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Have you ever felt your vote didn’t count? The turnout in both national and local elections suggests that a lot of people share that view. But by not voting they might be altering the course of history.

Illustration: roberuto

In 2012 less than a quarter of Bristol’s electorate took part in the referendum over whether the city should have an elected Mayor, and barely 12% voted in favour. Now the rest of us are saddled with a system that 88% either opposed or did not understand.

This was a not altogether unintended consequence of the 2011 Localism Act which was supposed to devolve power to local communities but instead vested power here in the hands of one person, and undermined the role of elected local councillors.

For an electoral system to be be truly representative you would think it needs as many people to vote as possible, but the current ‘first-past-the-post’ system for national and local elections would still be unfair even if everyone did vote.

More often than not the majority of those who vote do not get the representative of their choice. And while Britain’s archaic, unwritten constitution requires those elected to represent ALL their constituents, resentment still festers among those whose choices always fail.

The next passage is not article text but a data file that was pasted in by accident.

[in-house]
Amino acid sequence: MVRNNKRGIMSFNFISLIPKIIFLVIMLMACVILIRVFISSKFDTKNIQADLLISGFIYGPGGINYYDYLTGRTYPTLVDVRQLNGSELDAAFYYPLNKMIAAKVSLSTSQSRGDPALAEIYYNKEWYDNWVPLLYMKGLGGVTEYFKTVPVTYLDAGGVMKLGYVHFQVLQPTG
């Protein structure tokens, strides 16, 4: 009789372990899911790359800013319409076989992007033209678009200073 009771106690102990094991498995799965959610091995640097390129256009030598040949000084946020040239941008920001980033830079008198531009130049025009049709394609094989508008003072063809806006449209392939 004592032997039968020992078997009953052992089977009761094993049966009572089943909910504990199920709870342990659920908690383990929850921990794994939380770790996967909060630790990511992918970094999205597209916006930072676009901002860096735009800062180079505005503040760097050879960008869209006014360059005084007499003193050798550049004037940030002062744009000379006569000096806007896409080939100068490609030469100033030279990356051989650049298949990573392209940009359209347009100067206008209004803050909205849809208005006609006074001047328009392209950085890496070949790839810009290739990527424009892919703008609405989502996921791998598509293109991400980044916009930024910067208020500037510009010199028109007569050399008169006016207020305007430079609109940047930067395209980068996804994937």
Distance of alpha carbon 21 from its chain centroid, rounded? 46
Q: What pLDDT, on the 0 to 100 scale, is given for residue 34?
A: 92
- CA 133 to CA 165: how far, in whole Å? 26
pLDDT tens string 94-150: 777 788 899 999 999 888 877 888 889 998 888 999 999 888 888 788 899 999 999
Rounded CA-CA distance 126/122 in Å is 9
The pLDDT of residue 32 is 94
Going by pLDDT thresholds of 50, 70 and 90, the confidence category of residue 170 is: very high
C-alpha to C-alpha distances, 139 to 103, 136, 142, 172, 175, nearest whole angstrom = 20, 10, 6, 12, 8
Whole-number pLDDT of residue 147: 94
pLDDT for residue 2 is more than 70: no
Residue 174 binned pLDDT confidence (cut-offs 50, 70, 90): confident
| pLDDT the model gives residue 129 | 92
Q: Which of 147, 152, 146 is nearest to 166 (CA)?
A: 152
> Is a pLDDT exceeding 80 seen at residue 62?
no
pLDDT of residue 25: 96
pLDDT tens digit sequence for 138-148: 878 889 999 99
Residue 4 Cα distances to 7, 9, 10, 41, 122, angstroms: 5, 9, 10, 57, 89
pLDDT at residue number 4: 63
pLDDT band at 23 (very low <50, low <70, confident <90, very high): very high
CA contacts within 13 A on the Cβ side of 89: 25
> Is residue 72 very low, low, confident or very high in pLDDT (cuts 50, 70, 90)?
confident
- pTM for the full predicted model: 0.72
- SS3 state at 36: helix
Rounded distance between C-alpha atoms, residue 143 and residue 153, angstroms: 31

“Oh, you mean UKIP and the BNP should have seats in parliament?” I hear some say. Well, yes, as it happens – but only if they are winning enough votes. Excluding their voices merely drives their members to further extremes – whether it’s street violence or seeking Russian gold to engage in dubious tactics; and it limits the opportunities to challenge and defeat their odious views.

Under the current system and taking all the votes cast into consideration, at the 2017 election UKIP polled almost 600,000 votes yet won not a single seat. Meanwhile it took less than 28,000 votes to elect a Scottish Nationalist MP, little more than 41,000 for a Plaid Cymru MP, just under 43,000 votes to elect a Tory, and just over 49,000 to elect a Labour MP. By the same token almost 200,000 votes were required to elect a Liberal Democrat, and the 525,000 plus people who voted for the Green Party were rewarded with a single MP.

Proportional representation (PR) is a much fairer system. But it sounds a complicated alternative – which is probably why few people bother to consider it. In fact PR, in its many different versions, has been in use in the UK for generations, and no-one seems to have noticed.

The ‘Alternative Vote’ (AV) allows people to rate which candidates they prefer with a simple number (1,2,3, etc). If no-one gains 50% or more of first preference votes, the one with least first preference votes is eliminated and their votes redistributed. This continues until someone does have more than half of all the votes cast. That is how Jeremy Corbyn was elected leader of the Labour Party, and Vince Cable for the Liberal Democrats. AV is used in Irish Presidential elections, as well as American local elections, and parliamentary elections in Australia and Fiji.